Tidbit (Not Exclusively) for Novelists: Writing Momentum Isn’t Always Brash and Dazzling

It’s so hideously easy to feel like you’re treading water.

I used to think that the distinction in my case was related to a lack of handwritten draft. I do have many pages of early scenes scribbled out, of course, but less than 10% of them proved salvageable years later. Some of my ideas came in such a tangled blur that it became totally impractical for me to handwrite them. I couldn’t pick them apart, which probably led to years of crawling through half-remembered ideas. I used to believe that computers weren’t a suitable medium for random notes, so I only used them for coherent writing moments. Everything else stayed locked up in my head, especially the more outlandish or harsh ideas. To this day, I firmly believe that my mistake was overcensorship, not the nature or length of the story. On the other hand, it was inevitable. I didn’t realize just how vast of a story I was forming at the time – and if I had, everything probably would’ve turned out differently.

Nevertheless, I have immense respect for those who actually take a pen to paper for something other than vague bullet lists. If you scratch entire chapters out by hand or incessantly print your draft, God bless you for a thousand and one years, because you’ve probably given yourself access to an element that many of us blunder past without realizing it. Likewise, those who use typewriters (I know you’re still out there, folks) also have an edge over computer-only writers because they get to immediately see what they’ve written in coherent ink on a physical page.

But it’s not necessarily the digital format to blame. The bigger the project, the easier it is to lose sight of the “you are here” symbol on the map. A large number of our ranks prefer it this way, and it’s often downright necessary. It’s also extremely toxic.

Recently, I was quite ill for two weeks. The chief symptom was, annoyingly, eye strain. I couldn’t type, I couldn’t read anything – digitally or on paper – and I could barely even watch TV. The slightest exertion extended or renewed the pain despite careful food intake and – I jest not – 12 hours of sleep a night. In effect, I couldn’t move.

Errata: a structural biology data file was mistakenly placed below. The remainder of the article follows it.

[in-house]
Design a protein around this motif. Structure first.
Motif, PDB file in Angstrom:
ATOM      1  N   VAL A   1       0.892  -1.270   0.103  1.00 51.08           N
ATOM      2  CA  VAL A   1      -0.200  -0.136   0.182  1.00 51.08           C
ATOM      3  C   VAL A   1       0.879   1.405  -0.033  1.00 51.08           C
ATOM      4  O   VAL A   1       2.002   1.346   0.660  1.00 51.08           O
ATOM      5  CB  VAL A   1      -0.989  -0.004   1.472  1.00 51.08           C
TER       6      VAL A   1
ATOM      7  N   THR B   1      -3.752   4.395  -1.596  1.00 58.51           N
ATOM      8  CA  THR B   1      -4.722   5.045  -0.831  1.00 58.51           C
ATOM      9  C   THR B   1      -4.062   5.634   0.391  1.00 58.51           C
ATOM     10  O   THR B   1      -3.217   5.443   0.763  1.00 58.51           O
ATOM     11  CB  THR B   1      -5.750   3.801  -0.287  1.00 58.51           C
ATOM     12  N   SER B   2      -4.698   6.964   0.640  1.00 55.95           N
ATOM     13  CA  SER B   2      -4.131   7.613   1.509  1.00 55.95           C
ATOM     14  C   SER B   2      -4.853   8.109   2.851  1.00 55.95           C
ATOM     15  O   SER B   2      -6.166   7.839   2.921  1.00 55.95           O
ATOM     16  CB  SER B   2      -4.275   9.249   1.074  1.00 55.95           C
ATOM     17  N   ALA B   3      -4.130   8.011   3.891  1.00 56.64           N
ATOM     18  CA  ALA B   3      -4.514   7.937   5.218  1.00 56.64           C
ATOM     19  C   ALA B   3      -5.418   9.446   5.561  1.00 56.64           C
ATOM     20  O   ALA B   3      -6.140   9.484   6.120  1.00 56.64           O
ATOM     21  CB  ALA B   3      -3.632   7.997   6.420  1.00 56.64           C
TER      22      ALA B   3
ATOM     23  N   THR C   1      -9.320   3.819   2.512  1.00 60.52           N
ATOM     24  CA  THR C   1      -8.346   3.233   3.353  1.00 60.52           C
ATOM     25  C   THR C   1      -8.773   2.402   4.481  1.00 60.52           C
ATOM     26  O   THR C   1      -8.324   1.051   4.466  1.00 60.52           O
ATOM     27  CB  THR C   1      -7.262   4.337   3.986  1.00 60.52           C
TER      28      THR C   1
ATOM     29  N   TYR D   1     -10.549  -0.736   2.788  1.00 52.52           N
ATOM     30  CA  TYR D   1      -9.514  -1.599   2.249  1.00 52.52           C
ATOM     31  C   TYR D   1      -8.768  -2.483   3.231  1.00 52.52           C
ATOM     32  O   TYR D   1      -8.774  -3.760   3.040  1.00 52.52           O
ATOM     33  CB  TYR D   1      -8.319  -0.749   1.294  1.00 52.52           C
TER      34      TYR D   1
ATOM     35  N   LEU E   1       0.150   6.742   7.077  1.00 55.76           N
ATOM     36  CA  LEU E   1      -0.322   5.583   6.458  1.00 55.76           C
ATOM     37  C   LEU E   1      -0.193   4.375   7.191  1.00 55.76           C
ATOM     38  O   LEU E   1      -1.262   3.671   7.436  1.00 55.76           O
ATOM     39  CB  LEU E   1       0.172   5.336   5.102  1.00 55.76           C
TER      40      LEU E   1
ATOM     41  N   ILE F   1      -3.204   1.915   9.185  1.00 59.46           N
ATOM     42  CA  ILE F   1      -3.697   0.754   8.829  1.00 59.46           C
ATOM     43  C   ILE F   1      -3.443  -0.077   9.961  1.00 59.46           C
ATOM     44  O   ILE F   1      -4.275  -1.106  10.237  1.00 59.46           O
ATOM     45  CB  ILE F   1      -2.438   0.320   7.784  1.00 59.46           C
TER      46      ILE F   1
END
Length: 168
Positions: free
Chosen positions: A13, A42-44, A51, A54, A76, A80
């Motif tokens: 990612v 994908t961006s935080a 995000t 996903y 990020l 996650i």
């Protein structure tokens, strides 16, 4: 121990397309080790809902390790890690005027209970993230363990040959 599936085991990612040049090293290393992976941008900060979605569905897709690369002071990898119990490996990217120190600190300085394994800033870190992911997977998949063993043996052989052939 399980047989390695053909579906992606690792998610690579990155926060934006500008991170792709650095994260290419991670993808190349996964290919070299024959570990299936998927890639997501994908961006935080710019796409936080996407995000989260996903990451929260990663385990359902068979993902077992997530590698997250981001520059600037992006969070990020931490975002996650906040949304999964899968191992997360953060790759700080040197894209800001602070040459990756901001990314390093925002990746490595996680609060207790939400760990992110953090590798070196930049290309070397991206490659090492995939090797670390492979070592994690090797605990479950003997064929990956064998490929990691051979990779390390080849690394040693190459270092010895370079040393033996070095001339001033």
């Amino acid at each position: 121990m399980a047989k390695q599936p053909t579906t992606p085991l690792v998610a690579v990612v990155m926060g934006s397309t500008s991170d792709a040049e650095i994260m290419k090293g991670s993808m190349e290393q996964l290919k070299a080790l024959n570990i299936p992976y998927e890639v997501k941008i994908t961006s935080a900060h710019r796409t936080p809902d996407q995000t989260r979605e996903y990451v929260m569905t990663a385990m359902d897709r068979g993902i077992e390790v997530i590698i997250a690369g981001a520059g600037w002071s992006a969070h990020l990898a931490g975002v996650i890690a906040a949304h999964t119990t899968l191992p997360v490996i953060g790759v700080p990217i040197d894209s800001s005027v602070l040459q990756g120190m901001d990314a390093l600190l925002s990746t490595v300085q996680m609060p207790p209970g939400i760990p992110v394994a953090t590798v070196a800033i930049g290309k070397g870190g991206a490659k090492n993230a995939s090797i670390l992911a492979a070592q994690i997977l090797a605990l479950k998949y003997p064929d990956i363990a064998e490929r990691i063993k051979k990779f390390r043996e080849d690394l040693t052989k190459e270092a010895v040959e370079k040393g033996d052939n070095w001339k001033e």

It should go without saying that when I assessed my progress at the end of that month, I was flabbergasted to realize that I’d somehow done intensive editing on almost 400 pages in a few weeks (post-illness, of course). The law of averages had been on my side, and I hadn’t even noticed it.

We often forget about our dear old friends like the law of averages. We somehow assume that because we happen to have one absurdly good week of writing out of the blue, every week should be that way. We even get mesmerized into thinking that if we didn’t generate (or mutilate) large chunks of draft, it doesn’t count. We’re tricked into saying “to hell with character analysis” or “I don’t need to summarize the next four important points that come in this book.” For those working on an invented world, details like geography considerations or cultural habits suddenly don’t matter – because we didn’t fiddle with the words today, damn it.

Meanwhile, writing is supposedly a methodical and meditative pursuit.

Momentum is a tightrope as thin as a razor. I hesitate to say that you should enjoy writing 24/7/365, but if you’re going to go in with all guns blazing, you might as well be smart about it. Take on what you can and no more. There’s an agonizing art to this, and it takes a lifetime of study before you even begin to grasp it.

 

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